Blocking for Cabinets: The How-To Guide

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What You Need to Know to Hang Your Cabinets

By Ryan Horvath

Blocking for cabinets is the smartest thing you can do for a kitchen renovation. When installed properly, blocking gives you the peace of mind in your cabinets. This week’s blog is covering why blocking is important and how to do it along with some extra tips.

Plan and Design Before You Demo

cabinet blocking


Blocking is an added safety feature. Your wall cabinets fill up with your plates and glassware. This causes your cabinets to become heavy. Imagine your child climbing up on the cabinets to grab their favorite cup. They’re using the cabinets to pull themselves up and for balance. Your child can pull the cabinet down if it’s only mounted to the drywall. Over time, the screws used to secure to the drywall can become loose as well. Heavy or not, a loose cabinet is a dangerous cabinet. By using blocking, you can secure heavy cabinets to the wall.


To block, there are two different methods you can use. They are continuous run blocking and ladder blocking. Use continuous run blocking if you have the same size cabinets along a long wall. Notch out the framing to account for the thickness of the blocking. Some experts suggest using ¾” thick plywood cut to 6″ wide strips. Personally, I’m not a fan of that. For a continuous run, I would rather have a long 2″ x 6″ for the length of the cabinet run. The thicker lumber gives the screw more “bite” and secures the cabinets better.

Ladder blocking is easy to do. It’s the perfect method if your cabinets are in different sizes. You can also use it if you’re not a fan of notching out your framing. Follow the steps below for wall cabinets.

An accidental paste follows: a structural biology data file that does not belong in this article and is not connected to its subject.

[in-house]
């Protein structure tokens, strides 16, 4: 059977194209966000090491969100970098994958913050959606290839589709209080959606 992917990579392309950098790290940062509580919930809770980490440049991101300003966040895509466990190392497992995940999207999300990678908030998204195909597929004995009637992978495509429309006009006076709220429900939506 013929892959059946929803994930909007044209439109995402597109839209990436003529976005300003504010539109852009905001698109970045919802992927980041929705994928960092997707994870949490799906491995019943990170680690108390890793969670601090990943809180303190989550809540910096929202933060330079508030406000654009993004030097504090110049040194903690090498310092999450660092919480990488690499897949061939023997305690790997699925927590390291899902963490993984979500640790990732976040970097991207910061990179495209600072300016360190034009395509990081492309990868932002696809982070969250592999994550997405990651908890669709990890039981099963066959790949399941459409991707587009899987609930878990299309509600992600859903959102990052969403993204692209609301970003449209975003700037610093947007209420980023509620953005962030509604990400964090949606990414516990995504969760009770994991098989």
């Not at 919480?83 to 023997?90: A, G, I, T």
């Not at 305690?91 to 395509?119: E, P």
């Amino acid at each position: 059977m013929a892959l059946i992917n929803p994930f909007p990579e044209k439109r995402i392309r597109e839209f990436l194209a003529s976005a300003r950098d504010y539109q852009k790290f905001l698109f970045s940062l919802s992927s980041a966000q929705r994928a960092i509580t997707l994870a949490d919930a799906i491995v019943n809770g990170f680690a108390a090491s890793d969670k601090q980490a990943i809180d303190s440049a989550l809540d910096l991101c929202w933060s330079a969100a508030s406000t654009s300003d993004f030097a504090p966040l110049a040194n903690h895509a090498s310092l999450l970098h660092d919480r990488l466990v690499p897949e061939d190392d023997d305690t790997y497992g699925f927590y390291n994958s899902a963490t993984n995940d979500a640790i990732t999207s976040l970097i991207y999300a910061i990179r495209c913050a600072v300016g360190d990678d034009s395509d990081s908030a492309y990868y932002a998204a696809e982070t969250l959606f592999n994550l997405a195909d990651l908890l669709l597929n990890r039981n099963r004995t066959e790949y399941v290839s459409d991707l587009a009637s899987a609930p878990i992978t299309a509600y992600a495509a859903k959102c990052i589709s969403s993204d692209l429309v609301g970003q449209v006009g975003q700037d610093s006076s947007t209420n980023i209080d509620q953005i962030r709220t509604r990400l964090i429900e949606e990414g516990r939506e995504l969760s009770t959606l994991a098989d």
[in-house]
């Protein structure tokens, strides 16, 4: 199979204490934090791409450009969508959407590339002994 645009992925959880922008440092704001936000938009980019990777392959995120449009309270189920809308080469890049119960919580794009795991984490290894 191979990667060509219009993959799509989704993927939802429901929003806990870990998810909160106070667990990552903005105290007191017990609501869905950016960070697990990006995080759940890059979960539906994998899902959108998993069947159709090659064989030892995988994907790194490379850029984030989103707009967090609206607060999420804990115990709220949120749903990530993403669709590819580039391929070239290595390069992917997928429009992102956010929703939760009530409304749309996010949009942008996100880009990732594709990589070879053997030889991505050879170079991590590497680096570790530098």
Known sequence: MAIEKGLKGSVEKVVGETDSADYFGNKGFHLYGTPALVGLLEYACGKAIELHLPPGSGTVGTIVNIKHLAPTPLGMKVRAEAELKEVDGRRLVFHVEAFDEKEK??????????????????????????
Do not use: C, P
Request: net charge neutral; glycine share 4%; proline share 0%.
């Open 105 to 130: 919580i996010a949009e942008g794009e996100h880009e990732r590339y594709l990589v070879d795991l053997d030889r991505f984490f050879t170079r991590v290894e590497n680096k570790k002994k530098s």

1. Align the top of a 2″ x 6″ block with the top of the cabinet.
  2. Secure by nailing through the studs and into the block.
  3. Align a second 2″ x 6″ block for the bottom part of the cabinet. Make sure that the bottom of the block and cabinet are in line.
  4. Align 2″ x 8″ blocks next to the 2″ x 6″ blocks. Once the larger block is slightly over the smaller block, secure with nails.
  5. Once you finish blocking, install your cabinets.

Repeat these steps for secure base cabinets, but only for the top part of the cabinet. An example of ladder blocking is below.

An Example of Ladder Blocking

Blocking for Cabinets - Ladder Blocking
Photo: Habitat for Humanity of Metro Denver


Blocking for cabinets is a must for your kitchen renovation project. If you have metal framing, use framing lumber for your blocking. Do not use metal framing for your blocking. If your blocking goes over pipes or electrical, install nail plates. These will protect pipes and wiring from a nail or screw damaging them. Install them on the front of your blocking. If your cabinets are against an exterior wall, install blocking before insulating. My final tip is to leave 15-18″ between the bottom of the wall cabinets and the top of your counter. For other measurements around your kitchen, check out “Your Home by the Numbers” article. You can read that by clicking here.

If you have a question or comment, leave it in the comment section.

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Blocking for kitchen cabinets



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